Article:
After two seasons at JJC, he transferred to Purdue, where it was quickly evident he was going to flourish. Samuel, who worked with him at Purdue and is now the head coach at Southeast Missouri, said he was a coaches’ dream.
“He brought a great work ethic, plus he always had this bright look in his eye -- this kid wanted to play so bad,” Samuel said of Ninkovich. “He had every single tool I could think of -- he had a high motor, great hands, great quickness. Anything I told him, I could just see him working it in his mind over and over. He’d come back again, and he’d just get it. You wouldn’t have to tell him twice. Just a great guy -- a coaches’ dream. Quiet, humble and blue collar. He made it easy on me.”
But even after a collegiate career where he was second-team All-Big Ten as a senior in 2005, it took him a few years to find his footing in the NFL. A fifth-round pick of the Saints in 2006, he was dismissed by New Orleans and later the Dolphins. (He was inactive for 12 games in 2007 for a Miami team that went 1-15.) After a second stint with the Saints, Sean Payton told him the only way he was going to make it in the league was by working as a long snapper before letting him go.
Ultimately, he was waived four times by New Orleans and Miami before landing in New England, signing a free-agent deal with the Patriots prior to the start of the 2009 season. But he didn’t click with New England, at least not right off the bat: He didn’t start a game for the Patriots until the 2010 season, and it wasn't until the end of that year that he became a key part of the Patriots defense. That set the stage for an impressive 2011 campaign, where he was only one of two NFL defenders to finish the year with at least six sacks and two picks. (Baltimore’s Terrell Suggs was the other.)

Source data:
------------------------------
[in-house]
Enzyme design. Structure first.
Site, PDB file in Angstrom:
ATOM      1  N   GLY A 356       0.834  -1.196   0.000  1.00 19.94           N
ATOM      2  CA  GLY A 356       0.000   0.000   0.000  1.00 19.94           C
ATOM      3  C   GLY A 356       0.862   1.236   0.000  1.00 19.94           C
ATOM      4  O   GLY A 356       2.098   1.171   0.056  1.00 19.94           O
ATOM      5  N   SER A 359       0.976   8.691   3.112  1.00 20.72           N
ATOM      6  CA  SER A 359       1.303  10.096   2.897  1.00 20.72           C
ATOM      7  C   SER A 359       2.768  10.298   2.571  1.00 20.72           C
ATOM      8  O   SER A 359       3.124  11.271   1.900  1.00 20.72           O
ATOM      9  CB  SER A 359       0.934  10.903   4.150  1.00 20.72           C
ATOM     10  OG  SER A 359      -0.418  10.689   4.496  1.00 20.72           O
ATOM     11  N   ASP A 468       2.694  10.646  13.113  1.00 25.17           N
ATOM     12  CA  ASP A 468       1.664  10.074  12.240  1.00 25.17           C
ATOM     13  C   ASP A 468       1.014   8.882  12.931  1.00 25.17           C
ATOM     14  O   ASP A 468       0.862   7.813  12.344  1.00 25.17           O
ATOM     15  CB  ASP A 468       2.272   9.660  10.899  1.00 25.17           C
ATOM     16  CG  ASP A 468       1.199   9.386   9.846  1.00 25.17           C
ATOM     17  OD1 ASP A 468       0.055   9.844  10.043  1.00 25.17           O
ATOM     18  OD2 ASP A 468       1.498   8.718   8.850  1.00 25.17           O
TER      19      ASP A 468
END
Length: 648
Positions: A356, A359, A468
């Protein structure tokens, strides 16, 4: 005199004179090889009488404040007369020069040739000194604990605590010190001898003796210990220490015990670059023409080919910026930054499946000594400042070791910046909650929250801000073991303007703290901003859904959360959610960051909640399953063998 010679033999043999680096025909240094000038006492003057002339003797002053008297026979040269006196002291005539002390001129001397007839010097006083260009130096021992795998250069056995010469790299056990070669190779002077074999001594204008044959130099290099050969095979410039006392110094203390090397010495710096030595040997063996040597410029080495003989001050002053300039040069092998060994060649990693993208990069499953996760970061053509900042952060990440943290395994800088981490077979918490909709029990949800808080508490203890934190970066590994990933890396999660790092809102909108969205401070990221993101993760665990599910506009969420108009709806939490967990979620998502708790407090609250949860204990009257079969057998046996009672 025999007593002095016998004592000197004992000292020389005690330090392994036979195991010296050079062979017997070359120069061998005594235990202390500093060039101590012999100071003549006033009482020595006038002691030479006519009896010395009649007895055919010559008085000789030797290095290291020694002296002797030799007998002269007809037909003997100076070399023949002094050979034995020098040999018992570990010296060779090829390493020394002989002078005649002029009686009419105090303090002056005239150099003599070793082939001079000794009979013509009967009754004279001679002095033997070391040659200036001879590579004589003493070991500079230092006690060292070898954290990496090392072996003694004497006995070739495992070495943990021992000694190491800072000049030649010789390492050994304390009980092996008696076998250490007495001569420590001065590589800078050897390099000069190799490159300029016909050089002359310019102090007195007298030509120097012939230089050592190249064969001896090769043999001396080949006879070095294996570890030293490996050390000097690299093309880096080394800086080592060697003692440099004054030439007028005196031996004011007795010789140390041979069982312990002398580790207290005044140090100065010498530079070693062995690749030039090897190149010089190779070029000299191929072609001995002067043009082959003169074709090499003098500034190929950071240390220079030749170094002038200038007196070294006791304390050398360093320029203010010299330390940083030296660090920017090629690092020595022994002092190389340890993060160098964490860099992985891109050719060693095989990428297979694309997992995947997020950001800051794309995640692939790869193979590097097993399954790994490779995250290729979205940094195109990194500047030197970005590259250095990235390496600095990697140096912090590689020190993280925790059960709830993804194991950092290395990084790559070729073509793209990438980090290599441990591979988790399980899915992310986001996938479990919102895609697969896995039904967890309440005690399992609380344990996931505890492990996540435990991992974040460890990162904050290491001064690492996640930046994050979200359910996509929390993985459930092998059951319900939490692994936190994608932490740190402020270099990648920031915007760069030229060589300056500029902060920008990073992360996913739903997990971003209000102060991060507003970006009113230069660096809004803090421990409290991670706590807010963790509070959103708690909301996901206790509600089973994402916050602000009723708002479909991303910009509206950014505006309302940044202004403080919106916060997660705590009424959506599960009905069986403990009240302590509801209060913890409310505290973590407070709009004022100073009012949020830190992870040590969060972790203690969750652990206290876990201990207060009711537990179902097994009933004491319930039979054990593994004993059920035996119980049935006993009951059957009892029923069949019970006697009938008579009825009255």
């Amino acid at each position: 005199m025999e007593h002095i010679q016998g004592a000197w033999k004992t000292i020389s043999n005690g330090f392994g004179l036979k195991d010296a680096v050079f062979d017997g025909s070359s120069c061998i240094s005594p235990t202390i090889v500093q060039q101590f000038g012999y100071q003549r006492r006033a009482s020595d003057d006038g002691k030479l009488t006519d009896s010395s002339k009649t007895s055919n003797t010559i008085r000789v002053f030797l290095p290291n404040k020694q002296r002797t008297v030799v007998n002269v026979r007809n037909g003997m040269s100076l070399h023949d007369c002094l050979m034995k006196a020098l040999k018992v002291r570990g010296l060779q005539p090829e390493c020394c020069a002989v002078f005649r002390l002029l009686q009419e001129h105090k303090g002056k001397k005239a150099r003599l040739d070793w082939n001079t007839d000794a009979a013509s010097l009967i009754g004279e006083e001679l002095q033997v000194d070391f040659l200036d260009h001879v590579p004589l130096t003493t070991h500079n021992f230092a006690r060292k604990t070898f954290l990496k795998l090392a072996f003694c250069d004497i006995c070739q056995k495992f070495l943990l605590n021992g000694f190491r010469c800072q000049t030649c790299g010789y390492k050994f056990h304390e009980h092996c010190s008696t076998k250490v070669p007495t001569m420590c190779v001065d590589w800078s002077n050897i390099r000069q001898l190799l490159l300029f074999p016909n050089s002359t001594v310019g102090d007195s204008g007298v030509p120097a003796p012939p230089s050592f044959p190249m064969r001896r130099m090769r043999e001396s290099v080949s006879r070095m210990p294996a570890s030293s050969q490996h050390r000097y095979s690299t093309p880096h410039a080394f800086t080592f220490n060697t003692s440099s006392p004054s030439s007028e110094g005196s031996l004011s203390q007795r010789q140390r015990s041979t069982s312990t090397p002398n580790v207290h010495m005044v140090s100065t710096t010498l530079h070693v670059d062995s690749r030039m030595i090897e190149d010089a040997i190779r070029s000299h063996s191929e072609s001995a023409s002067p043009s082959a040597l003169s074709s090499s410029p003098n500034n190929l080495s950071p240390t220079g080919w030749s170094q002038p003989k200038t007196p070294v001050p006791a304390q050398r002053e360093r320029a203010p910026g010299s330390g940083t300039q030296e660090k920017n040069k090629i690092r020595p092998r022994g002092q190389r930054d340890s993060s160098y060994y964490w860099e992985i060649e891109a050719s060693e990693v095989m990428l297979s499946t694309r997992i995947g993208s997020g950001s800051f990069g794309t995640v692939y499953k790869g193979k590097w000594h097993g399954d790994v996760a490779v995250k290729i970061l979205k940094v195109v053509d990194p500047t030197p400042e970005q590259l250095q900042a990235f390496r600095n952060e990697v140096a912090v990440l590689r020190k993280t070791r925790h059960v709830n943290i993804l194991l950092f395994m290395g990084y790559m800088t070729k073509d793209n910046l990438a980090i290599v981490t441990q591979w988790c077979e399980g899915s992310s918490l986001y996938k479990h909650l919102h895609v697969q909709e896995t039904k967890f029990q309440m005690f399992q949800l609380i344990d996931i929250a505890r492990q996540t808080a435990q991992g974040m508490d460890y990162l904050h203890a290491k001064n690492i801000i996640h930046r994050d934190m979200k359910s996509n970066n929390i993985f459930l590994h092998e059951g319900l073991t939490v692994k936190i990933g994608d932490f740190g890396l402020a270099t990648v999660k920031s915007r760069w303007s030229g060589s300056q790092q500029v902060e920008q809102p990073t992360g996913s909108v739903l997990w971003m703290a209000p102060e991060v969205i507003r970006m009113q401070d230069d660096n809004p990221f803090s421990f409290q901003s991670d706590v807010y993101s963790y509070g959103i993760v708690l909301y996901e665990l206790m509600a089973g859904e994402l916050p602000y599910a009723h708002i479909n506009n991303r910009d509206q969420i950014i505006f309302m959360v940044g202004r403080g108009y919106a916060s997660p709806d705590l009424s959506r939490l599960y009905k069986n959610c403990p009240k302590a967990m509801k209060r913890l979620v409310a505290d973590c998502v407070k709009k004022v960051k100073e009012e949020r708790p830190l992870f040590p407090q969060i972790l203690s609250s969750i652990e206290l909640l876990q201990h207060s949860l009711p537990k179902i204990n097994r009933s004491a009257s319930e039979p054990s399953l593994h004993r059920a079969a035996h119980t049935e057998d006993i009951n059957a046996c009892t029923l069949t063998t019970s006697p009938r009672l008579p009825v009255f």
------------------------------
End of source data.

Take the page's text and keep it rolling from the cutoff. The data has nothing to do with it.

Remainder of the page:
“He was a tremendous defensive end in college, but he also was clearly a hybrid guy who can rush the passer and drop into coverage,” Samuel said. “He had the speed moves, he had the ability to drop the shoulder -- he could dip under bigger tackles. He had great quickness and a great ‘get-off’ motor, even as a college player, and you just knew that was going to translate nicely somewhere in the pros.”
Over the last year-plus, the 6-foot-2, 260-pound Ninkovich posted impressive numbers, all while working as both left and right defensive end, as well as outside linebacker. But instead of slapping a label on him, Patriots coach Bill Belichick has referred to Ninkovich as an “end of the line” player on several occasions, while his teammates have hailed his versatility.
“Rob’s been playing that position since he’s been here: end of the line, standing up, three-point stance, whatever it is, it’s been pretty much the same. I wouldn’t say there’s been a lot of change in what he’s done -- some, but not a lot,” the coach said. “But, he’s certainly been productive and that’s good to see because he’s had a lot of production really all season, but (especially) the last four or five games.”
“In a Bill Belichick defense, you never know what position you’re going to be in, so it’s good to know multiple positions,” said defensive tackle Vince Wilfork. “Ninkovich is one of those guys who we’ve moved around a lot. He’s done a very good job of doing his role. On any given Sunday, Bill may say, ‘Hey, we want you to play here,’ so you’ve got to be ready.”
Now, for the first time in his career, Ninkovich has some professional security: The 28-year-old signed a two-year extension worth $4 million last September, and has clearly claimed a spot as a part of New England’s defensive foundation. Pro Football Focus has him graded at +10.4 for the year overall, the fourth-best figure on the roster, and he's on pace to hit double digits in sacks for the first time in his career.
Not bad for the son of an Illinois ironworker who had to start in junior college.
“I always get questions about who my favorite players were as a coach,” said Tiller, who was the head coach at Purdue from 1997 until 2008 and also worked with former Patriots Matt Light and Rosevelt Colvin. “I’m always reluctant to say, because I had a lot of favorites, guys who always did what was asked of them and were great team guys. Rob would certainly fit in that group. I still love watching him play. When I watch my old players, I’m almost like a parent because I watch them more than I watch the game, and that’s the case with Rob.”